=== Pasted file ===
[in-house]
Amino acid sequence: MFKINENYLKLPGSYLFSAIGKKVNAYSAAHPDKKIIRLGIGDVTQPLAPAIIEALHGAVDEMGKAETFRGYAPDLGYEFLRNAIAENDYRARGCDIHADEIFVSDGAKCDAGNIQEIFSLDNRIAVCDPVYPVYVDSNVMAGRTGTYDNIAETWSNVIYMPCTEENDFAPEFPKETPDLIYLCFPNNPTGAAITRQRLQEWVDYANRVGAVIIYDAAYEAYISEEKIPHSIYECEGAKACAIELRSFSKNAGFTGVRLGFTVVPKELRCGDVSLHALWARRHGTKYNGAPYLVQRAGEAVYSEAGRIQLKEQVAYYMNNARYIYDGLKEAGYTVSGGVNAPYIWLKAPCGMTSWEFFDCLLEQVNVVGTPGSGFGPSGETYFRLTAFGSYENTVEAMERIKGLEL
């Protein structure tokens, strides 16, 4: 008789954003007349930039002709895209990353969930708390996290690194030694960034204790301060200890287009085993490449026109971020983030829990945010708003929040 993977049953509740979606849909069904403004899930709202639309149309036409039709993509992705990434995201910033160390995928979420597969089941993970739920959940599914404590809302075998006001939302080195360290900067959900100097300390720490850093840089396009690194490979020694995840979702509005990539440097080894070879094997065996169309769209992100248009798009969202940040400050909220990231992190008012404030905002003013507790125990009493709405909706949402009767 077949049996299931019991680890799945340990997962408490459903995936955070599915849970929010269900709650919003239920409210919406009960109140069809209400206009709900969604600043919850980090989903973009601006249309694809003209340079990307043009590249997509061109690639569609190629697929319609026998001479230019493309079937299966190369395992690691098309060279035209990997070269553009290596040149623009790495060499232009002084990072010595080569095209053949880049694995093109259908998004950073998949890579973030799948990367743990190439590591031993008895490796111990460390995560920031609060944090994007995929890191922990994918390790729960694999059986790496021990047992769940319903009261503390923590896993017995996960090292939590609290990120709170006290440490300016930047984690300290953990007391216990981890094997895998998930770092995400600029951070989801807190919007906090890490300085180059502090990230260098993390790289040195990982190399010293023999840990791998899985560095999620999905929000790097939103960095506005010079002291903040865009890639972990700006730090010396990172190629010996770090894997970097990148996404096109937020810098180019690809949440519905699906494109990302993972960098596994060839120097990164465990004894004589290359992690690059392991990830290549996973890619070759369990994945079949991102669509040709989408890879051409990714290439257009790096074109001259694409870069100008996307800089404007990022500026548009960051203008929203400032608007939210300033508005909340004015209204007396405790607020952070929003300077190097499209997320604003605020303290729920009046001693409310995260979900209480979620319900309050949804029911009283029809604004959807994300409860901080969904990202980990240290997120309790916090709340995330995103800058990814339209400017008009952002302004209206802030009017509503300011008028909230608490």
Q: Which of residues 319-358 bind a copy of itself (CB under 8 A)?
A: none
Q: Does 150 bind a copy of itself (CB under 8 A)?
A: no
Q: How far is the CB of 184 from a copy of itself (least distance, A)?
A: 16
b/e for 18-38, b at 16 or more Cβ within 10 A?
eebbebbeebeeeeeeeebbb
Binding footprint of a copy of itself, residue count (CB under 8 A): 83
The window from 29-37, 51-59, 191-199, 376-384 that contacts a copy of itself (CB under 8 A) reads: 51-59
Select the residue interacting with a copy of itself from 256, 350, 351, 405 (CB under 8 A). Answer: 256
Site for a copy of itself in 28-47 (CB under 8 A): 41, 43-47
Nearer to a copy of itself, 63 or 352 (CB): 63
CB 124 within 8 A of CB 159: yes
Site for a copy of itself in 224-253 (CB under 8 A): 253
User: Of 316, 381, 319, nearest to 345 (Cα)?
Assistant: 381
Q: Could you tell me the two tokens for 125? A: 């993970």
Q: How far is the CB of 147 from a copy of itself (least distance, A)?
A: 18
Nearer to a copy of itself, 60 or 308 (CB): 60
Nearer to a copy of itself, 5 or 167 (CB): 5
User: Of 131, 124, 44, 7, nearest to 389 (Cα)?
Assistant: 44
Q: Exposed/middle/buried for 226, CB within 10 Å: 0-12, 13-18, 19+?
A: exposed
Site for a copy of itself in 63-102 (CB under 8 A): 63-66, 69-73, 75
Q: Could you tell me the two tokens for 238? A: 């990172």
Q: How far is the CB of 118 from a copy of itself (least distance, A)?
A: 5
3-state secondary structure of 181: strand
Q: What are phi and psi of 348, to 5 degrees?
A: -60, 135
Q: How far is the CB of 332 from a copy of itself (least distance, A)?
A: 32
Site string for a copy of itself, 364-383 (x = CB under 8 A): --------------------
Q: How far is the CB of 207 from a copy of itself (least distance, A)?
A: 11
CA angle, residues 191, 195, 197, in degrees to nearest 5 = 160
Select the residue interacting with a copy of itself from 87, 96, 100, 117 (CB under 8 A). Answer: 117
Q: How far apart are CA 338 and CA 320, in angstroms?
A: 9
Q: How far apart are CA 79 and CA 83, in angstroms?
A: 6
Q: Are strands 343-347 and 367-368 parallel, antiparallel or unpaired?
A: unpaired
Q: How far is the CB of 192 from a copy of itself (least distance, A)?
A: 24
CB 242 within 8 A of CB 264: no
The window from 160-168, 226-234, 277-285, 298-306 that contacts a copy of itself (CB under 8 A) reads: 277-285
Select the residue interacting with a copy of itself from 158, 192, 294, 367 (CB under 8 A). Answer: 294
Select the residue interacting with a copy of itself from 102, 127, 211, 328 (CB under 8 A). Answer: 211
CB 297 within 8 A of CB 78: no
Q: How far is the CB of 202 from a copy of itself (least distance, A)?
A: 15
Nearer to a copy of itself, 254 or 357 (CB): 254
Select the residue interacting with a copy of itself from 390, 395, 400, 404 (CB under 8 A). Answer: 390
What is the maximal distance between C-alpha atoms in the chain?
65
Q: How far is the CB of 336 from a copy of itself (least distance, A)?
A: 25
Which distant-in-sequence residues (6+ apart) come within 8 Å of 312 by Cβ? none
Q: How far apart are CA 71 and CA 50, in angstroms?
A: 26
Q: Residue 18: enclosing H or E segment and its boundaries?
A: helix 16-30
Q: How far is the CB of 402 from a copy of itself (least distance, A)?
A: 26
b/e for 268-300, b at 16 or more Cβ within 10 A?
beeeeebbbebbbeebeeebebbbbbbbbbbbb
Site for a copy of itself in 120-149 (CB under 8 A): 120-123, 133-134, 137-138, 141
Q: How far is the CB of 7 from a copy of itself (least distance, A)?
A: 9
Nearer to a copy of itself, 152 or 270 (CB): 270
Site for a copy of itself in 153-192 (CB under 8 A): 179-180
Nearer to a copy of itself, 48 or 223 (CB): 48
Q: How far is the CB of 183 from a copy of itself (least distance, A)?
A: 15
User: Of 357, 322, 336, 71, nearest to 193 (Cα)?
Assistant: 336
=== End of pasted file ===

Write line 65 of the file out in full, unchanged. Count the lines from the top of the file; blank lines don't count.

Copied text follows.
Which distant-in-sequence residues (6+ apart) come within 8 Å of 312 by Cβ? none